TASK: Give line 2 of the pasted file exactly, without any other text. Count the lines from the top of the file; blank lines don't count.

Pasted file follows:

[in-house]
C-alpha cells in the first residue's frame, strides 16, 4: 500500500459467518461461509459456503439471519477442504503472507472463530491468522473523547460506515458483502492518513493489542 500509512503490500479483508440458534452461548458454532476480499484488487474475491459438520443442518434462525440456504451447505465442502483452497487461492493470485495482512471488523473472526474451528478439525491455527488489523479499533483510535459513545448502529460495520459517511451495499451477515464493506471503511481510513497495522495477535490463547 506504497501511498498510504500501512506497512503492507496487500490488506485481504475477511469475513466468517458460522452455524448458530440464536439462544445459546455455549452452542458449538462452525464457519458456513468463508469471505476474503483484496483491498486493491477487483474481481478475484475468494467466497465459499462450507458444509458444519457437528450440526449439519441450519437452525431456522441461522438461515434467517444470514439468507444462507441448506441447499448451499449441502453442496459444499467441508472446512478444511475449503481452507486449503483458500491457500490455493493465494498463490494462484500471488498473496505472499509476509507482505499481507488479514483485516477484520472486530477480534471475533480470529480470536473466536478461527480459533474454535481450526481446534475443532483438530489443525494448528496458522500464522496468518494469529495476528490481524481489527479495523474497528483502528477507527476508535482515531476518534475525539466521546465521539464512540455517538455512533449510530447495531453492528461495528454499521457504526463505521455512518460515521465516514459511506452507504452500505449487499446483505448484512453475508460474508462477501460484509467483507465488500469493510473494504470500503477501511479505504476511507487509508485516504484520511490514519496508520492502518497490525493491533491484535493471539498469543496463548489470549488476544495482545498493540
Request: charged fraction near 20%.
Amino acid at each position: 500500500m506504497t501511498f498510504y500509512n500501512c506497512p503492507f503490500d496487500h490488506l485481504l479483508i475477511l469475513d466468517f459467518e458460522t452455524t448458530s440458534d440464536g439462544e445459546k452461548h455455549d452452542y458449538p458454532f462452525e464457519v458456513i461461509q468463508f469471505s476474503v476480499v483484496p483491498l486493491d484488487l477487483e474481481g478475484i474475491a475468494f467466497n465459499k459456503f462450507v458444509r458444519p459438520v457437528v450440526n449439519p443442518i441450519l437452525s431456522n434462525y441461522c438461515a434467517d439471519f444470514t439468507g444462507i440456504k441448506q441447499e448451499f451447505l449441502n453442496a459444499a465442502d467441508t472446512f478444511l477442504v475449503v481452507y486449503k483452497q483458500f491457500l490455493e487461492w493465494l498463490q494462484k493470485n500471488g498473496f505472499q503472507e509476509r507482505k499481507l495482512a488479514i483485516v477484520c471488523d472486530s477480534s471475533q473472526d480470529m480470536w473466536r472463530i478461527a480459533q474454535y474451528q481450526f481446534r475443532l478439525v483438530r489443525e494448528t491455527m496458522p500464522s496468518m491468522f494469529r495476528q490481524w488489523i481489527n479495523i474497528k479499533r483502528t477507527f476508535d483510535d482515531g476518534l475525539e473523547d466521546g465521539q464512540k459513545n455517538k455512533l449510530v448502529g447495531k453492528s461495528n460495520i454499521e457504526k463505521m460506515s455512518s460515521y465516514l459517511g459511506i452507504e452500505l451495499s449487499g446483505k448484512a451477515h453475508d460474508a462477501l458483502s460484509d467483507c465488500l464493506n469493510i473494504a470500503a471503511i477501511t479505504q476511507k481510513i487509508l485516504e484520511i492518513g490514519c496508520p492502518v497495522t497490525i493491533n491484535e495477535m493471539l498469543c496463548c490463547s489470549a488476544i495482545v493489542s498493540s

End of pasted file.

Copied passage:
C-alpha cells in the first residue's frame, strides 16, 4: 500500500459467518461461509459456503439471519477442504503472507472463530491468522473523547460506515458483502492518513493489542 500509512503490500479483508440458534452461548458454532476480499484488487474475491459438520443442518434462525440456504451447505465442502483452497487461492493470485495482512471488523473472526474451528478439525491455527488489523479499533483510535459513545448502529460495520459517511451495499451477515464493506471503511481510513497495522495477535490463547 506504497501511498498510504500501512506497512503492507496487500490488506485481504475477511469475513466468517458460522452455524448458530440464536439462544445459546455455549452452542458449538462452525464457519458456513468463508469471505476474503483484496483491498486493491477487483474481481478475484475468494467466497465459499462450507458444509458444519457437528450440526449439519441450519437452525431456522441461522438461515434467517444470514439468507444462507441448506441447499448451499449441502453442496459444499467441508472446512478444511475449503481452507486449503483458500491457500490455493493465494498463490494462484500471488498473496505472499509476509507482505499481507488479514483485516477484520472486530477480534471475533480470529480470536473466536478461527480459533474454535481450526481446534475443532483438530489443525494448528496458522500464522496468518494469529495476528490481524481489527479495523474497528483502528477507527476508535482515531476518534475525539466521546465521539464512540455517538455512533449510530447495531453492528461495528454499521457504526463505521455512518460515521465516514459511506452507504452500505449487499446483505448484512453475508460474508462477501460484509467483507465488500469493510473494504470500503477501511479505504476511507487509508485516504484520511490514519496508520492502518497490525493491533491484535493471539498469543496463548489470549488476544495482545498493540